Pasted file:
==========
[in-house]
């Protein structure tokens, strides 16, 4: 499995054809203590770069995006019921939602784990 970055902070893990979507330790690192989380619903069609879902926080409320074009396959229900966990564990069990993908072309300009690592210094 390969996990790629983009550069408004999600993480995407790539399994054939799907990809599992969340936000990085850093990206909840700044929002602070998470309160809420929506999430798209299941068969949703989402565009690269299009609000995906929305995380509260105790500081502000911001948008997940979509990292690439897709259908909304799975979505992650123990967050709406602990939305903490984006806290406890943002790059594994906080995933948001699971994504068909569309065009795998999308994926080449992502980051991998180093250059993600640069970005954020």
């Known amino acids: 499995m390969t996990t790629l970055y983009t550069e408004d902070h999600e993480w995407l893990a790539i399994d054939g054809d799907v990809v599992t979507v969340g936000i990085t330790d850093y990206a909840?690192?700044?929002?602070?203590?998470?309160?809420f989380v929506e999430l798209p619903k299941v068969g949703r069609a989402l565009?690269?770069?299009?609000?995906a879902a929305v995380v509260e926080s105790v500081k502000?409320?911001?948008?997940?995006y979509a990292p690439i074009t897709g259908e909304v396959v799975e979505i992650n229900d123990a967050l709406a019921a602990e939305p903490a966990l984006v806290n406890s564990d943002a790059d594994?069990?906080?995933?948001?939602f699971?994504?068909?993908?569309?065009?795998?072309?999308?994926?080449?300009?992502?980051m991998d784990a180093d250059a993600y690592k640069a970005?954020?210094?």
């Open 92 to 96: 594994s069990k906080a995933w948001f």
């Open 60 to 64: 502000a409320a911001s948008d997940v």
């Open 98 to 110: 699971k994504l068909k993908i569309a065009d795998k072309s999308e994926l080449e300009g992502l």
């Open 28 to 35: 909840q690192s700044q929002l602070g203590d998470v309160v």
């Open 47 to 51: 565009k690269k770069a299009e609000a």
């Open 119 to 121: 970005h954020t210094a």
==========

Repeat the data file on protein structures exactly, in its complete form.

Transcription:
[in-house]
């Protein structure tokens, strides 16, 4: 499995054809203590770069995006019921939602784990 970055902070893990979507330790690192989380619903069609879902926080409320074009396959229900966990564990069990993908072309300009690592210094 390969996990790629983009550069408004999600993480995407790539399994054939799907990809599992969340936000990085850093990206909840700044929002602070998470309160809420929506999430798209299941068969949703989402565009690269299009609000995906929305995380509260105790500081502000911001948008997940979509990292690439897709259908909304799975979505992650123990967050709406602990939305903490984006806290406890943002790059594994906080995933948001699971994504068909569309065009795998999308994926080449992502980051991998180093250059993600640069970005954020």
């Known amino acids: 499995m390969t996990t790629l970055y983009t550069e408004d902070h999600e993480w995407l893990a790539i399994d054939g054809d799907v990809v599992t979507v969340g936000i990085t330790d850093y990206a909840?690192?700044?929002?602070?203590?998470?309160?809420f989380v929506e999430l798209p619903k299941v068969g949703r069609a989402l565009?690269?770069?299009?609000?995906a879902a929305v995380v509260e926080s105790v500081k502000?409320?911001?948008?997940?995006y979509a990292p690439i074009t897709g259908e909304v396959v799975e979505i992650n229900d123990a967050l709406a019921a602990e939305p903490a966990l984006v806290n406890s564990d943002a790059d594994?069990?906080?995933?948001?939602f699971?994504?068909?993908?569309?065009?795998?072309?999308?994926?080449?300009?992502?980051m991998d784990a180093d250059a993600y690592k640069a970005?954020?210094?």
């Open 92 to 96: 594994s069990k906080a995933w948001f």
């Open 60 to 64: 502000a409320a911001s948008d997940v």
């Open 98 to 110: 699971k994504l068909k993908i569309a065009d795998k072309s999308e994926l080449e300009g992502l």
């Open 28 to 35: 909840q690192s700044q929002l602070g203590d998470v309160v």
């Open 47 to 51: 565009k690269k770069a299009e609000a």
């Open 119 to 121: 970005h954020t210094a």